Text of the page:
It’s important that we become conscious of the effects our development process have on our users. We often get caught up on (our own) excitement of creating, inventing and getting things done! But we ignore how these actions affect the users.
From our side, we are happy! We worked hard,. Struggled against deadlines. We got the new features done! We leave the office and celebrate! (Exterior shots. Exciting loud background music playing. UX folks and Developers are dancing on the streets, out-of-focus urban lights, cars driving by, lots of “motion blur”, bar and dance club interiors, everyone smiling, life is great!!
Meanwhile…Cut to.…Our User’s Offices…
(Interior shot) – It’s dark. Lights flicker. Mostly quiet, except for the sound of sporadic sobbing. Some people are slumped on their chairs, their faces banging on their desktops. Some are pulling their hair. Zoom into the clock. It says 7:30pm on a Friday night. A phone rings. It’s a man’s wife asking why he’s not at Tiffanie’s ballet performance. Tiffanie is crying in the background. She’ll be scarred for life! A woman sadly cancels a dinner date. Some haven’t had lunch nor dinner because of all the extra work they just discovered today they have to do thanks to that damn software update!
Every time you update your application, you are changing how your users work with your application.
– You are confusing the users
– You’re making the application harder to learn
– You are wasting your user’s time because they already have found a workflow that they like. When you change their workflow they have to reconfigure their established process
– Sometimes they have to update training materials and retrain staff
– If the users have integrated the application into an automatic workflow (via APIs) – you have created more work for them
I could go on and on, but you get the idea. Simply designing and pushing things out is not good enough. You have to look at the bigger picture and see how the changes will affect the users.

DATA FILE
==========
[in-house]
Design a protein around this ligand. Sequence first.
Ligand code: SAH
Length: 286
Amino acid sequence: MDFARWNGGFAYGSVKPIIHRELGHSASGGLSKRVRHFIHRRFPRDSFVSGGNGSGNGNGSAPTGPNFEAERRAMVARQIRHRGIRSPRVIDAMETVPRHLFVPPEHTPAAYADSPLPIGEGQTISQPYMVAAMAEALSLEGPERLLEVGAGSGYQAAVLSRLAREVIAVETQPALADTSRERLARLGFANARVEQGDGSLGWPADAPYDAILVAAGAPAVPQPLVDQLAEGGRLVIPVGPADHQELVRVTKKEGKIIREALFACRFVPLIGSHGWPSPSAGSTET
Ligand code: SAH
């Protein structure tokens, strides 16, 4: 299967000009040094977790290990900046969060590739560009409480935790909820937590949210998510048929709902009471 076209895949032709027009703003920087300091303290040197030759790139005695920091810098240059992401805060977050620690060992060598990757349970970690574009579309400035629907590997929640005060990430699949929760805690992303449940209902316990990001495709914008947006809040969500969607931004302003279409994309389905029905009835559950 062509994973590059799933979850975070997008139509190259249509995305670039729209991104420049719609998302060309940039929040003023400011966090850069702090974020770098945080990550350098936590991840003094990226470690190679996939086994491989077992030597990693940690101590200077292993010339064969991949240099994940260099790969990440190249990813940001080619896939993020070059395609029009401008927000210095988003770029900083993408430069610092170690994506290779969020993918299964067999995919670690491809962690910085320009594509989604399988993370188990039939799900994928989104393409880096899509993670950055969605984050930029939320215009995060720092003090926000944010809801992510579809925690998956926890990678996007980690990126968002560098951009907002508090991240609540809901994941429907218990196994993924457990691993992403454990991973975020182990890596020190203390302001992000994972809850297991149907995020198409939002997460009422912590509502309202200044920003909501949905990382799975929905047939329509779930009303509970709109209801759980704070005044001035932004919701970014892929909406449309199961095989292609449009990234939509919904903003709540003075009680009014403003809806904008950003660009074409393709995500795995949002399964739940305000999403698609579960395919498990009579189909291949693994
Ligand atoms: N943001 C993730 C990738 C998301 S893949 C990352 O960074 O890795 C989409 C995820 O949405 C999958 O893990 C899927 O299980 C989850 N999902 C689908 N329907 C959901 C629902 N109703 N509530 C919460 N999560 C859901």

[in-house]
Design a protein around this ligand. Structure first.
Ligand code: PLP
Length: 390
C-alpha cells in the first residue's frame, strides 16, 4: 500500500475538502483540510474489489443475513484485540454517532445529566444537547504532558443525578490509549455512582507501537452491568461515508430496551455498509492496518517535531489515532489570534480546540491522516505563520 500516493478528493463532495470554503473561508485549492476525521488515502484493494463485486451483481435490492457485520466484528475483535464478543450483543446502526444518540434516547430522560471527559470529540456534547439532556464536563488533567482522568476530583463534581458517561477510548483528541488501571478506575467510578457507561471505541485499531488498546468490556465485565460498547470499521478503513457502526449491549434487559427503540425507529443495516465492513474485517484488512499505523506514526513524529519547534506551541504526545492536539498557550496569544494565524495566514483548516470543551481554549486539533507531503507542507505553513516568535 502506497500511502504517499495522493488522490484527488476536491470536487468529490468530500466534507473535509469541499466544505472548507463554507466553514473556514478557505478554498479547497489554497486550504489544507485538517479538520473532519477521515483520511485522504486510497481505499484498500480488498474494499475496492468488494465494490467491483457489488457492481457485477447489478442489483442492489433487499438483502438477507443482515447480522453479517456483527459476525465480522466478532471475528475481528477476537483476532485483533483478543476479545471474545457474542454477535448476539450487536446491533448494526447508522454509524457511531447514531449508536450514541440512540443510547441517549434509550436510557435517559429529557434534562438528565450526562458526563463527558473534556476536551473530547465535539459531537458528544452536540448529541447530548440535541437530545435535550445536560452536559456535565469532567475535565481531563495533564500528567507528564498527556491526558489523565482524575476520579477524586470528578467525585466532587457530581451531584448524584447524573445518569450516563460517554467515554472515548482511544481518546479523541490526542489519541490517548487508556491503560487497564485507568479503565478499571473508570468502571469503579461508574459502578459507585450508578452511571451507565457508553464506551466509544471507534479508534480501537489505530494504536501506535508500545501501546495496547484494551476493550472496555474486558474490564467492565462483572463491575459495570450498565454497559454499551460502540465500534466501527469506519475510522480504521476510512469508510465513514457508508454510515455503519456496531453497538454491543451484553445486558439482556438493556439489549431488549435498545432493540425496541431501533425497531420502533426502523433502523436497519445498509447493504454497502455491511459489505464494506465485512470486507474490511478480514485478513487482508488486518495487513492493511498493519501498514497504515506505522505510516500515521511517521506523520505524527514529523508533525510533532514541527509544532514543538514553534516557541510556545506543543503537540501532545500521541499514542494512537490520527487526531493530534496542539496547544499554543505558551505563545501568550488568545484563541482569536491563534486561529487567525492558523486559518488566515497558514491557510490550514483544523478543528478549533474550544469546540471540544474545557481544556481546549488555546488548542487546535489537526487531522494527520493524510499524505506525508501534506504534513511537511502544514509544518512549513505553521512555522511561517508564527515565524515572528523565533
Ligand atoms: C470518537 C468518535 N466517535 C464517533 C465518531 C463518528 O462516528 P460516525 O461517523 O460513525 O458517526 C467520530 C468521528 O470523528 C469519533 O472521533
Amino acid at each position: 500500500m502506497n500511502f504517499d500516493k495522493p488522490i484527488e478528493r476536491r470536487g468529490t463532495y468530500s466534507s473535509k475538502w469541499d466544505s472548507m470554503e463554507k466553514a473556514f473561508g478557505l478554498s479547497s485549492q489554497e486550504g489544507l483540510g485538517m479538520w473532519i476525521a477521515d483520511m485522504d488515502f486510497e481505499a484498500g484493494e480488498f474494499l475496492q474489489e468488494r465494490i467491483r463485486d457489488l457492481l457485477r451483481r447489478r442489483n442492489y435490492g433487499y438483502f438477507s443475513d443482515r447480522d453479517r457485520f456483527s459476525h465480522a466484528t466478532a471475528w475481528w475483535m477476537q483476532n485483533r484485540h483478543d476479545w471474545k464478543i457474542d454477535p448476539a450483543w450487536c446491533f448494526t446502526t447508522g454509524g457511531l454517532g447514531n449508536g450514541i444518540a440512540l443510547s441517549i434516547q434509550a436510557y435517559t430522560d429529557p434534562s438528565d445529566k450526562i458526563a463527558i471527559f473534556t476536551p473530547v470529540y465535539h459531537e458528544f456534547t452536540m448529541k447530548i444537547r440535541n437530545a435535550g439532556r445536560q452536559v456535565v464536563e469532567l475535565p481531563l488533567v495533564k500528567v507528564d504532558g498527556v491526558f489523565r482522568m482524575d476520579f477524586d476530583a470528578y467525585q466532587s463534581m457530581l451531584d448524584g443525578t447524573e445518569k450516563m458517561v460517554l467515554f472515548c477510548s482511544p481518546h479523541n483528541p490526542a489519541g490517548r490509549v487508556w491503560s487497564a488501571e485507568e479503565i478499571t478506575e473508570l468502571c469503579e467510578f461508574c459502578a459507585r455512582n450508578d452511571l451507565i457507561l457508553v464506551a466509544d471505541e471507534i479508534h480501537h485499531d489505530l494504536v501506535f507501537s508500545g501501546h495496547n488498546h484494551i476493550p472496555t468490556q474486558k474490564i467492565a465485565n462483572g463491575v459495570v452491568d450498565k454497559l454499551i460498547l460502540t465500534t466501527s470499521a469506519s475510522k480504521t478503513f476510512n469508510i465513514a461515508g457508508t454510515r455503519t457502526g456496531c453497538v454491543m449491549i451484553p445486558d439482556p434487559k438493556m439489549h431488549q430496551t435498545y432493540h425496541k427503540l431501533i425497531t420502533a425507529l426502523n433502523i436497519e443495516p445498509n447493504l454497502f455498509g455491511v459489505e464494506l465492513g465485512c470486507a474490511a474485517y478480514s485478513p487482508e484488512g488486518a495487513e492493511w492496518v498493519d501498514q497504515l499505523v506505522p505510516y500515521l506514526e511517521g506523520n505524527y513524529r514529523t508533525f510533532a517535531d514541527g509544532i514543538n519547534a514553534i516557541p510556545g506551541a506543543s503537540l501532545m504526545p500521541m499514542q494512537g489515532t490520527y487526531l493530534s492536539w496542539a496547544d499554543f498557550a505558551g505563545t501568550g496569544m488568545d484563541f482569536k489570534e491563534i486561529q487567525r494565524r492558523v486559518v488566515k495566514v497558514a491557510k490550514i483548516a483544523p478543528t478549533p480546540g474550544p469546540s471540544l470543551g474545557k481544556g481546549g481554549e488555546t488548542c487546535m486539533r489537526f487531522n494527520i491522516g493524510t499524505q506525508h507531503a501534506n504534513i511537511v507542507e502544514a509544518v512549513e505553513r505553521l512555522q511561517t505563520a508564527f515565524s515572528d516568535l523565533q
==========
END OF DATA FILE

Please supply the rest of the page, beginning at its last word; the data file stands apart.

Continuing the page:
So, while everyone is happy, celebrating the new release, it becomes harder than usual to look beyond our collective excitement — and this is why this type of problem persists. No one likes to be the party pooper. So people ignore the issue and joins the celebration.
Unfortunately/Fortunately, UX folks have to practice empathy and advocate for the end users.
Yes. Sometimes UX folks have to bring up bad news, like:
Software updates don’t exist in a vacuum — (the way we like to pretend user stories do) — they have real world repercussions!
Yes. UX folks are total downers and party poopers! It’s part of our job. : )
We love you developers and product managers. We really do. Don’t be sad and angry. We are doing this for the greater good. You can thank us later.
If it helps, we have to suffer along with you. I mean, who likes to think of “new” user scenarios. Maybe we can “collaborate” ourselves out of having to do anything by saying something like: “How could we possibly know which of these scenarios are really happening?”.
This is where user research comes in.
No user research? Well, now you know at least one place where you’ll have to pay for the lack of it.
What? Have another beer? Sure! Hey…wait…what was I saying?
(Cut to UX folks and developers dancing the night away.)